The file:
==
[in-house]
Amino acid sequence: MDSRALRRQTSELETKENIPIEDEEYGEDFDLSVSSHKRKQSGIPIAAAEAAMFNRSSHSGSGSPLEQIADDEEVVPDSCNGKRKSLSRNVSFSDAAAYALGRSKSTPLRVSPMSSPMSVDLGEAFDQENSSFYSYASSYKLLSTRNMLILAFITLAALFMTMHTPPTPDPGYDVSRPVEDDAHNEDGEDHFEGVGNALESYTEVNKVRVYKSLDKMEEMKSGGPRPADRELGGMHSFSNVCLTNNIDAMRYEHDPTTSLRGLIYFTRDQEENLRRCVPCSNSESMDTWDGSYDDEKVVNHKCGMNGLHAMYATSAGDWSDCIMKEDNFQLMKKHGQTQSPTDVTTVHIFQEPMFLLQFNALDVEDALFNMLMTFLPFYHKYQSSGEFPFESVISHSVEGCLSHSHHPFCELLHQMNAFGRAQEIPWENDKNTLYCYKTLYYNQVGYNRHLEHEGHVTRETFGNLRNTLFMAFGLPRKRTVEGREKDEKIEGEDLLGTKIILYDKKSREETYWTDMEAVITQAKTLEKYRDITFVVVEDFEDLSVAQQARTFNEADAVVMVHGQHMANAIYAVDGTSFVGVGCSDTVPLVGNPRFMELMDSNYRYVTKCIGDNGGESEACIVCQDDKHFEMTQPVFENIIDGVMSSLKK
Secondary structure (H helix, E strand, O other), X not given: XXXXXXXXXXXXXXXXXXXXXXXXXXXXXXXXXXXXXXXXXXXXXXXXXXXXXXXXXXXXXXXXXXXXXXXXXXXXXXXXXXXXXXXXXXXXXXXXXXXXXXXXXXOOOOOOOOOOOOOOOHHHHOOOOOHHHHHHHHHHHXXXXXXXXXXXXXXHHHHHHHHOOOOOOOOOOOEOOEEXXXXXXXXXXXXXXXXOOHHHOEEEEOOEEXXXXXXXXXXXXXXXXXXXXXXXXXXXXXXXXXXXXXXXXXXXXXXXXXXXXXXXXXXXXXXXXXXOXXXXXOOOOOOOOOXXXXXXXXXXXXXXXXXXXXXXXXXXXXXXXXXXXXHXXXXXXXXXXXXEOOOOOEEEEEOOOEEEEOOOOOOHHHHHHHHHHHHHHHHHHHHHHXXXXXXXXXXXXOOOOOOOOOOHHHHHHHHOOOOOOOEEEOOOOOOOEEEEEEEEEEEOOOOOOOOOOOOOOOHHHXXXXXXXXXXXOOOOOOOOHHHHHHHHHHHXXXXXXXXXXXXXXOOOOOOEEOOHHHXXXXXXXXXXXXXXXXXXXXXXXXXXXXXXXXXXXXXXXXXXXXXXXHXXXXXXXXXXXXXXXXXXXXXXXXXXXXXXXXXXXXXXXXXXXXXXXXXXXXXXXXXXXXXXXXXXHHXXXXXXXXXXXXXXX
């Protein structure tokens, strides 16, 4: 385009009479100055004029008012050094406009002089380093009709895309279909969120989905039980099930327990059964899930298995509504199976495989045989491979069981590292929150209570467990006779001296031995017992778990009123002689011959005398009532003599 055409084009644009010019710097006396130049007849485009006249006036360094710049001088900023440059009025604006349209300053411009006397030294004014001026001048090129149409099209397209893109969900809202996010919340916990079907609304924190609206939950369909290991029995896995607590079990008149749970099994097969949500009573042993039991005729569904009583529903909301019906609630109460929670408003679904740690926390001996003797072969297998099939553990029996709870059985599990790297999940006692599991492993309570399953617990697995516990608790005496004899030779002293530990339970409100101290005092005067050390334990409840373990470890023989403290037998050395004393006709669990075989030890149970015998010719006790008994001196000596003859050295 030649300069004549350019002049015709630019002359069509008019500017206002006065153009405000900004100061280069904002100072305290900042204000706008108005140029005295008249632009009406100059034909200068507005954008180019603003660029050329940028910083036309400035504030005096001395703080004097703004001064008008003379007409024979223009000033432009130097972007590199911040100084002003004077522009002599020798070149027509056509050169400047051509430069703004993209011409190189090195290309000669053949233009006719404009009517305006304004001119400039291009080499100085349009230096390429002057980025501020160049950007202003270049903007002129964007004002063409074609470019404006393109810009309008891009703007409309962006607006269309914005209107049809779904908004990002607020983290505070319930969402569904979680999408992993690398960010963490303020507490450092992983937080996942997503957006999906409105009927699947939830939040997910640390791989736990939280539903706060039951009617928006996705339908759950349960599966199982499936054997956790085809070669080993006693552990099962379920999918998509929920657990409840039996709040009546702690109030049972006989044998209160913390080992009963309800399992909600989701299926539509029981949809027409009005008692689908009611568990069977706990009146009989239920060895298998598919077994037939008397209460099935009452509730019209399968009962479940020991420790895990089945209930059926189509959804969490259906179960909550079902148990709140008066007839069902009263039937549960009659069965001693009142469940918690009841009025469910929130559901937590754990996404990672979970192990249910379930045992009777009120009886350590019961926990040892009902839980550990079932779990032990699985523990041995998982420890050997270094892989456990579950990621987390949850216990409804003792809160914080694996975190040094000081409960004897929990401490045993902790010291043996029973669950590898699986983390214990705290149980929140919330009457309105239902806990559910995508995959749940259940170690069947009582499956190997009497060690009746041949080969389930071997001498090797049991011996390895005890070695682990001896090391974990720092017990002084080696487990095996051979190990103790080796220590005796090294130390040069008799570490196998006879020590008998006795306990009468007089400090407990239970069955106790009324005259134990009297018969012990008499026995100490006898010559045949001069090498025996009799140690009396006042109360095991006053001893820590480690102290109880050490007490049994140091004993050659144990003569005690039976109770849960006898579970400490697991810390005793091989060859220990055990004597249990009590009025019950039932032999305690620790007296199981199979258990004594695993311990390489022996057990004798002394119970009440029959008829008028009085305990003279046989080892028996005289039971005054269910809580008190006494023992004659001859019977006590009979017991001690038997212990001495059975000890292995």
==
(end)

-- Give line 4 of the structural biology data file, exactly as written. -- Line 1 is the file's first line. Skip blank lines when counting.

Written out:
């Protein structure tokens, strides 16, 4: 385009009479100055004029008012050094406009002089380093009709895309279909969120989905039980099930327990059964899930298995509504199976495989045989491979069981590292929150209570467990006779001296031995017992778990009123002689011959005398009532003599 055409084009644009010019710097006396130049007849485009006249006036360094710049001088900023440059009025604006349209300053411009006397030294004014001026001048090129149409099209397209893109969900809202996010919340916990079907609304924190609206939950369909290991029995896995607590079990008149749970099994097969949500009573042993039991005729569904009583529903909301019906609630109460929670408003679904740690926390001996003797072969297998099939553990029996709870059985599990790297999940006692599991492993309570399953617990697995516990608790005496004899030779002293530990339970409100101290005092005067050390334990409840373990470890023989403290037998050395004393006709669990075989030890149970015998010719006790008994001196000596003859050295 030649300069004549350019002049015709630019002359069509008019500017206002006065153009405000900004100061280069904002100072305290900042204000706008108005140029005295008249632009009406100059034909200068507005954008180019603003660029050329940028910083036309400035504030005096001395703080004097703004001064008008003379007409024979223009000033432009130097972007590199911040100084002003004077522009002599020798070149027509056509050169400047051509430069703004993209011409190189090195290309000669053949233009006719404009009517305006304004001119400039291009080499100085349009230096390429002057980025501020160049950007202003270049903007002129964007004002063409074609470019404006393109810009309008891009703007409309962006607006269309914005209107049809779904908004990002607020983290505070319930969402569904979680999408992993690398960010963490303020507490450092992983937080996942997503957006999906409105009927699947939830939040997910640390791989736990939280539903706060039951009617928006996705339908759950349960599966199982499936054997956790085809070669080993006693552990099962379920999918998509929920657990409840039996709040009546702690109030049972006989044998209160913390080992009963309800399992909600989701299926539509029981949809027409009005008692689908009611568990069977706990009146009989239920060895298998598919077994037939008397209460099935009452509730019209399968009962479940020991420790895990089945209930059926189509959804969490259906179960909550079902148990709140008066007839069902009263039937549960009659069965001693009142469940918690009841009025469910929130559901937590754990996404990672979970192990249910379930045992009777009120009886350590019961926990040892009902839980550990079932779990032990699985523990041995998982420890050997270094892989456990579950990621987390949850216990409804003792809160914080694996975190040094000081409960004897929990401490045993902790010291043996029973669950590898699986983390214990705290149980929140919330009457309105239902806990559910995508995959749940259940170690069947009582499956190997009497060690009746041949080969389930071997001498090797049991011996390895005890070695682990001896090391974990720092017990002084080696487990095996051979190990103790080796220590005796090294130390040069008799570490196998006879020590008998006795306990009468007089400090407990239970069955106790009324005259134990009297018969012990008499026995100490006898010559045949001069090498025996009799140690009396006042109360095991006053001893820590480690102290109880050490007490049994140091004993050659144990003569005690039976109770849960006898579970400490697991810390005793091989060859220990055990004597249990009590009025019950039932032999305690620790007296199981199979258990004594695993311990390489022996057990004798002394119970009440029959008829008028009085305990003279046989080892028996005289039971005054269910809580008190006494023992004659001859019977006590009979017991001690038997212990001495059975000890292995």